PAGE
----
Sleep apnea, a disorder characterized by snoring and daytime sleepiness that has been linked to cardiovascular disease, has primarily been viewed as a male problem, but a new Swedish study suggests the sleep disorder is also a common problem among women.

Dr. Karl A Franklin of Umea University Hospital in Sweden and colleagues noted in the study released Wednesday that there have been only a few epidemiological studies conducted in women, and the frequency of the disorder in women "is still uncertain."

'Men who are overweight probably have the most severe sleep apnea, but that doesn't mean women and other groups can't have it.'—Dr. Richard Leung, St. Michael's Hospital sleep lab in Toronto

Obstructive sleep apnea, in which a person has short pauses in breathing during sleep, may be caused by a temporary collapse of the airway. The gaps in breathing can last 10 to 30 seconds, and may occur dozens or hundreds of times each night.

For their study, Franklin and the other Swedish researchers investigated 400 women from a population-based random sample of 10,000 women aged 20 to 70. The women answered a questionnaire and were monitored overnight.

Obstructive sleep apnea was found in 50 per cent of the women subjects, with 14 per cent of them having a severe form of the disorder. 

Treatment for obstructive sleep apnea:

  • For mild to moderate apnea, the best treatment is continuous positive airway pressure (CPAP). It involves wearing a special mask attached to a machine called a flow generator that blows a steady stream of air through the mask, into your nose and down your throat. The stream of air creates pressure, which holds the tissue in your airway open and stops your airways from collapsing, allowing proper breathing.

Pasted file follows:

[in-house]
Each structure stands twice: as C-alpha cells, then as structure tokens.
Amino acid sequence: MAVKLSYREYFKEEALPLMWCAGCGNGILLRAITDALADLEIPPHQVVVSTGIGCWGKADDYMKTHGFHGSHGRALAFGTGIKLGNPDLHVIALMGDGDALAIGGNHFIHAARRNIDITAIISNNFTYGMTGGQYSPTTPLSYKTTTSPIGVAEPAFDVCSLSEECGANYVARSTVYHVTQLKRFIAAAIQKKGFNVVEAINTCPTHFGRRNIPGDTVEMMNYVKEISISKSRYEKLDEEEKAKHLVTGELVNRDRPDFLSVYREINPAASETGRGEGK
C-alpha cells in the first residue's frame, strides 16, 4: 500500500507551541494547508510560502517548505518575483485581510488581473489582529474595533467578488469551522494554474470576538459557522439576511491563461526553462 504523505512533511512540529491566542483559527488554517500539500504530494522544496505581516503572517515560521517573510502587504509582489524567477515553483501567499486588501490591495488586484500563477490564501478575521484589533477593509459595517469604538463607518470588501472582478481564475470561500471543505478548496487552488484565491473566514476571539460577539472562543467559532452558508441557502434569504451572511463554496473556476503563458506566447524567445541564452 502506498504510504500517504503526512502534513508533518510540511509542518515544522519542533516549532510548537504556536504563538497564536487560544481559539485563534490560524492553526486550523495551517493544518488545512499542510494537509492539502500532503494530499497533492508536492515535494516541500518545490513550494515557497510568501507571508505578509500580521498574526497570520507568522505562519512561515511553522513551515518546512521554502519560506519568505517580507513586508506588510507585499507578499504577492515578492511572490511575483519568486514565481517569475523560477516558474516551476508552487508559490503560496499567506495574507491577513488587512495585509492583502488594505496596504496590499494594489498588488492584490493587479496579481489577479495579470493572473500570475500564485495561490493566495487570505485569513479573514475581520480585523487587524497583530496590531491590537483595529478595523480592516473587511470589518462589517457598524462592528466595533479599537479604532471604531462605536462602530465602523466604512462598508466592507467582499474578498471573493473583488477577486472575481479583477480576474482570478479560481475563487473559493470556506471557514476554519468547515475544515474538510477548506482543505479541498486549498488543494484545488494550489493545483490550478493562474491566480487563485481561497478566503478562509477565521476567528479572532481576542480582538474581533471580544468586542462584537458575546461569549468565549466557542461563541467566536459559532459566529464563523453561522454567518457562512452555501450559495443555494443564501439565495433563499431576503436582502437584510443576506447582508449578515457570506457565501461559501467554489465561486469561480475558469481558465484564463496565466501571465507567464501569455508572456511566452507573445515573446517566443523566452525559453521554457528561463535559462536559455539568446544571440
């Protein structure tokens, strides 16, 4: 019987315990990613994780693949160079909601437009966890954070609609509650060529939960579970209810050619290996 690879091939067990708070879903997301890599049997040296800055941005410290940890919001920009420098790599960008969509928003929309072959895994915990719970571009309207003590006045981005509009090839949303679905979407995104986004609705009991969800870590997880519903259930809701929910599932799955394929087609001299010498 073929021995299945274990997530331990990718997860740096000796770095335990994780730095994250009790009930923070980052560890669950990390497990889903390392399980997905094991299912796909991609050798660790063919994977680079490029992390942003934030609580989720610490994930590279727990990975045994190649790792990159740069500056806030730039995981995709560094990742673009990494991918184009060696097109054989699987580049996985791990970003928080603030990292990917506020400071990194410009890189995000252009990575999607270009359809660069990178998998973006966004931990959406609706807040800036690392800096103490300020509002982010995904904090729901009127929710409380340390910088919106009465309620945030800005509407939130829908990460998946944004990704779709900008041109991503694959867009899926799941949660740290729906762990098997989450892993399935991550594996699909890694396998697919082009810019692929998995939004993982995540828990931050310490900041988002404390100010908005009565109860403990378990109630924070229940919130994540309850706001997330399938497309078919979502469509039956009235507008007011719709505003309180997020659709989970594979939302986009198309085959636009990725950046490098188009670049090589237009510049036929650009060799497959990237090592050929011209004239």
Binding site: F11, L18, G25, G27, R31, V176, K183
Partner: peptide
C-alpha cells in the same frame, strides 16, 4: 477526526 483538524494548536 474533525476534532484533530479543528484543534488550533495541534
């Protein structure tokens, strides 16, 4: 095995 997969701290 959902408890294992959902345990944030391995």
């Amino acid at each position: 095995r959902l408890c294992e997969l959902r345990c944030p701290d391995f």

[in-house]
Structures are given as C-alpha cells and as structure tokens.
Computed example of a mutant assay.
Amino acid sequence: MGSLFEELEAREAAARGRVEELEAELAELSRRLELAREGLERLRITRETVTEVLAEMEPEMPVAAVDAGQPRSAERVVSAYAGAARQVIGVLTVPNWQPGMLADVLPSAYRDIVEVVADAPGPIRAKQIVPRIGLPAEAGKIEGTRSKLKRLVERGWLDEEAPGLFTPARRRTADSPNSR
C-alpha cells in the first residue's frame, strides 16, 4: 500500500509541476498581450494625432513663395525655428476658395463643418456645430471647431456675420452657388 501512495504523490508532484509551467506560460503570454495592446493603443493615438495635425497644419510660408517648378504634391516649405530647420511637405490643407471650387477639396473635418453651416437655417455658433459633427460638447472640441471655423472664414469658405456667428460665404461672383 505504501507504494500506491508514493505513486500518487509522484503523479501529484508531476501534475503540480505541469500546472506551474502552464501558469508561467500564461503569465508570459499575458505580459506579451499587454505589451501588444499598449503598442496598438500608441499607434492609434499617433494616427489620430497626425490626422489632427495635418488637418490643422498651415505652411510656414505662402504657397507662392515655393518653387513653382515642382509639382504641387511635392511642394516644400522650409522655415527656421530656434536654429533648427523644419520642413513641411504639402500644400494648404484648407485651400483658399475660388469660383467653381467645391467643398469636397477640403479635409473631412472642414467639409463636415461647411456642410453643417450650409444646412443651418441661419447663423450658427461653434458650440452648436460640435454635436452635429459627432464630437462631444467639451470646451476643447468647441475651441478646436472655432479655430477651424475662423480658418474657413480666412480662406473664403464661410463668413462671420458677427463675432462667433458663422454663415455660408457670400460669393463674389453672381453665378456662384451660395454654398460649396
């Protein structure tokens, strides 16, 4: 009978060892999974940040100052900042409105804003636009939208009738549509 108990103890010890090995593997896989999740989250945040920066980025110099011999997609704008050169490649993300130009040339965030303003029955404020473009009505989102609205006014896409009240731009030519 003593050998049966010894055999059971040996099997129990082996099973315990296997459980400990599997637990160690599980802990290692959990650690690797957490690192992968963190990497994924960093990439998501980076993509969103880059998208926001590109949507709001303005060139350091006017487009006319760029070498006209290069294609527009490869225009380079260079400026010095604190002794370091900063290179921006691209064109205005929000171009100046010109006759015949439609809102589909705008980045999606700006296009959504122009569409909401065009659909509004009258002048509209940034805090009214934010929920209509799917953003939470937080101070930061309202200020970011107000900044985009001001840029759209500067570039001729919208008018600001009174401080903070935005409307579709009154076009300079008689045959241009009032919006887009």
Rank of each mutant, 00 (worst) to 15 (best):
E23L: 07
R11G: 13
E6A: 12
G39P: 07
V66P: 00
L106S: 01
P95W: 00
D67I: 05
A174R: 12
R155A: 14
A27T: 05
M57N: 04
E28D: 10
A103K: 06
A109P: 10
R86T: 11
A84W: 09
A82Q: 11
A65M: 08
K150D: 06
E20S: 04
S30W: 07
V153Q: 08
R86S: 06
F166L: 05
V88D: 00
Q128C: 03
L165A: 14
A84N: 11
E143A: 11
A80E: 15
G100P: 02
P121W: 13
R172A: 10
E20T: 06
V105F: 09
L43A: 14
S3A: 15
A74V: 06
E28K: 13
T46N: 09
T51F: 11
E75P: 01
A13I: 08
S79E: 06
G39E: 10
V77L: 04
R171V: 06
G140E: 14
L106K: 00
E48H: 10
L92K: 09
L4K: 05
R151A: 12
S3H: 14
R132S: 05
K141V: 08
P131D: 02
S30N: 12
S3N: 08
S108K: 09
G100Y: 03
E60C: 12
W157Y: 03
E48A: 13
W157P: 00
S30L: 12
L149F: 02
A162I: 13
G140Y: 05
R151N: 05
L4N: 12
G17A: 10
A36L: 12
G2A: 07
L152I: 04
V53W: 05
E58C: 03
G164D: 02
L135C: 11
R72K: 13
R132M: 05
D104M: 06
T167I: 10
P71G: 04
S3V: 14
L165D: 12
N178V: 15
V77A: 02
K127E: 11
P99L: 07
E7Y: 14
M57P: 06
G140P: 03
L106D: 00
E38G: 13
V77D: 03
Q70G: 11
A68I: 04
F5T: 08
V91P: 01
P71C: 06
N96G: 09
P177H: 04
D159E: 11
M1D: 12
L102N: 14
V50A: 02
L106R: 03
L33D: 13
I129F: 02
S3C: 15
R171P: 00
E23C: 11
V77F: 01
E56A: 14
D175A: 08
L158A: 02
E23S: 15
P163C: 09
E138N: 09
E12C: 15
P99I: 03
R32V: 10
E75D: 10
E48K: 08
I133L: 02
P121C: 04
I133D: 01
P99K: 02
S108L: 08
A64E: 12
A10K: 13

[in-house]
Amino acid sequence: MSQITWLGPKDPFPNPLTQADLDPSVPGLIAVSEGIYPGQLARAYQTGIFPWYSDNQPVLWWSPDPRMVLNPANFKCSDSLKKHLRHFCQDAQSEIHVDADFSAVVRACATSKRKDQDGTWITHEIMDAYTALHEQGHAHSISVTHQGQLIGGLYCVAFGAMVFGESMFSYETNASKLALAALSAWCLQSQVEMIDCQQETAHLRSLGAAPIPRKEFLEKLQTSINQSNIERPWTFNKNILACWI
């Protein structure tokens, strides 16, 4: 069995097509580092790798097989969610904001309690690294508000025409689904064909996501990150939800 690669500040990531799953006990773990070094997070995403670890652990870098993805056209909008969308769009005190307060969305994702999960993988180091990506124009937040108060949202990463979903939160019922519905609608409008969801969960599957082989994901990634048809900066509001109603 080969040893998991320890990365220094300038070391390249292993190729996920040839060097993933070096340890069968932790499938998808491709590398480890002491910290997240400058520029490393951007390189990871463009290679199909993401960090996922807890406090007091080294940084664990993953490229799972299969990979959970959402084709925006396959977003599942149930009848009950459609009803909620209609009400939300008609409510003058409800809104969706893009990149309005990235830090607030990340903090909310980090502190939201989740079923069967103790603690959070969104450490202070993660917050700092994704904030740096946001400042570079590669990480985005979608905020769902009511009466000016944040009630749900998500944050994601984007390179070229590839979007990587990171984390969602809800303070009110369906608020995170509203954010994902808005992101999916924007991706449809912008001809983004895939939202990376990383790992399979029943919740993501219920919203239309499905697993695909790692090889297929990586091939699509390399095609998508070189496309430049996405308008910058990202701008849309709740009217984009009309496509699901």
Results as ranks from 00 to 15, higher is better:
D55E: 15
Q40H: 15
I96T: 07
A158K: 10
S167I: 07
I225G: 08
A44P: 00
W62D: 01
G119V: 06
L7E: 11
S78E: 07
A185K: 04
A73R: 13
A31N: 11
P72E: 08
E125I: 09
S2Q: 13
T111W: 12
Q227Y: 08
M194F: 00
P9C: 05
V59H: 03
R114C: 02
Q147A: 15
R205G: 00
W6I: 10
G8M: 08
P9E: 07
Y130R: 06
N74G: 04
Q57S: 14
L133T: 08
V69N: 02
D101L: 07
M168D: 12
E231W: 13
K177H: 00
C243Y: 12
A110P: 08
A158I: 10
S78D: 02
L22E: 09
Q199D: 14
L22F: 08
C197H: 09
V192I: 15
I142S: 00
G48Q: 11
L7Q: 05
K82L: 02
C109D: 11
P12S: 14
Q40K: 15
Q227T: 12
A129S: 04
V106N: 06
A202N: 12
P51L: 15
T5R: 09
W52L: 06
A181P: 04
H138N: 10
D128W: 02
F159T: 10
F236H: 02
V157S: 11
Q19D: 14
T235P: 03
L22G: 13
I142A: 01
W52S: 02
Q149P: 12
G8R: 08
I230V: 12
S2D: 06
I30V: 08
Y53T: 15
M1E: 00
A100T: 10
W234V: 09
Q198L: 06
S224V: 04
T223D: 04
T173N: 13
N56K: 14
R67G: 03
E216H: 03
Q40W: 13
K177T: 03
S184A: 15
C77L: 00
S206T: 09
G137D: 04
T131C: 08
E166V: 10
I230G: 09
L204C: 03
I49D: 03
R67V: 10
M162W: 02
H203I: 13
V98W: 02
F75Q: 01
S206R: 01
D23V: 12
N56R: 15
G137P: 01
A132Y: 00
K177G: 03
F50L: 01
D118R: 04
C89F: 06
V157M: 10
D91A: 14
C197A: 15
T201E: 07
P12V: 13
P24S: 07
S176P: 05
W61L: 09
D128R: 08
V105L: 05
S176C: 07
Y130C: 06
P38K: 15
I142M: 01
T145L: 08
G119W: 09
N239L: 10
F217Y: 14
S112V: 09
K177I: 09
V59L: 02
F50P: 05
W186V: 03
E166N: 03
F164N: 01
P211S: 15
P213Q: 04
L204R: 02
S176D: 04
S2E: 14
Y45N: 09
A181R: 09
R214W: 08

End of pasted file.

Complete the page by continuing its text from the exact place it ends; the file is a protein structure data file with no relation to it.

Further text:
• Making lifestyle changes such as losing weight, and avoiding alcohol and sedatives.
  • Dental appliances.
  • Surgery, including a tonsillectomy and UPPP (surgery to remove excess tissue in the throat).

The study was funded by grants from the Swedish Heart Lung Foundation. The researchers say the funding played no role in the study, and no conflict of interest was reported.

Canadians with sleep apnea

According to a 2009 Public Health Agency of Canada (PHAC) survey, nearly 860,000 Canadian adults were told by a health professional that they have sleep apnea.

The agency's research, done in conjunction with Statistics Canada as part of the Canadian Community Health Survey, found twice as many men as women reported they had the sleep disorder.

As well, 25 per cent of adults reporting sleep apnea rated their general health as fair or poor compared to 11 per cent in the general population.

Of specific concern is that compared to the general adult population, those who reported a sleep apnea diagnosis were also:

  • 2.5 times more likely to report having diabetes.
  • 1.8 times more likely to report hypertension.
  • 2.2 times more likely to report heart disease.
  • 2.2 times more likely to report a mood disorder such as depression, bipolar disorder, mania or dysthymia.

Sleep apnea a 'relatively new' condition

  Dr. Richard Leung, director of the sleep laboratory at St. Michael's Hospital in Toronto, told CBC News that the Swedish study's findings are interesting because of how many more women than generally believed were found to have sleep apnea.   "The message should be that sleep apnea is common in women , and it's not perceived that way necessarily in the general public."   He added that "the perception that sleep apnea is something exclusive to men, it really came about because ... it is a relatively new diagnosis. It's not something we really new about until 20 years ago. And early cases of sleep apnea were of course the most severe, the ones that first came to attention, and tended to be men and [who are] obese.   "It's still true that men who are overweight probably have the most severe sleep apnea, but that doesn't mean women and other groups can't have it," said Leung.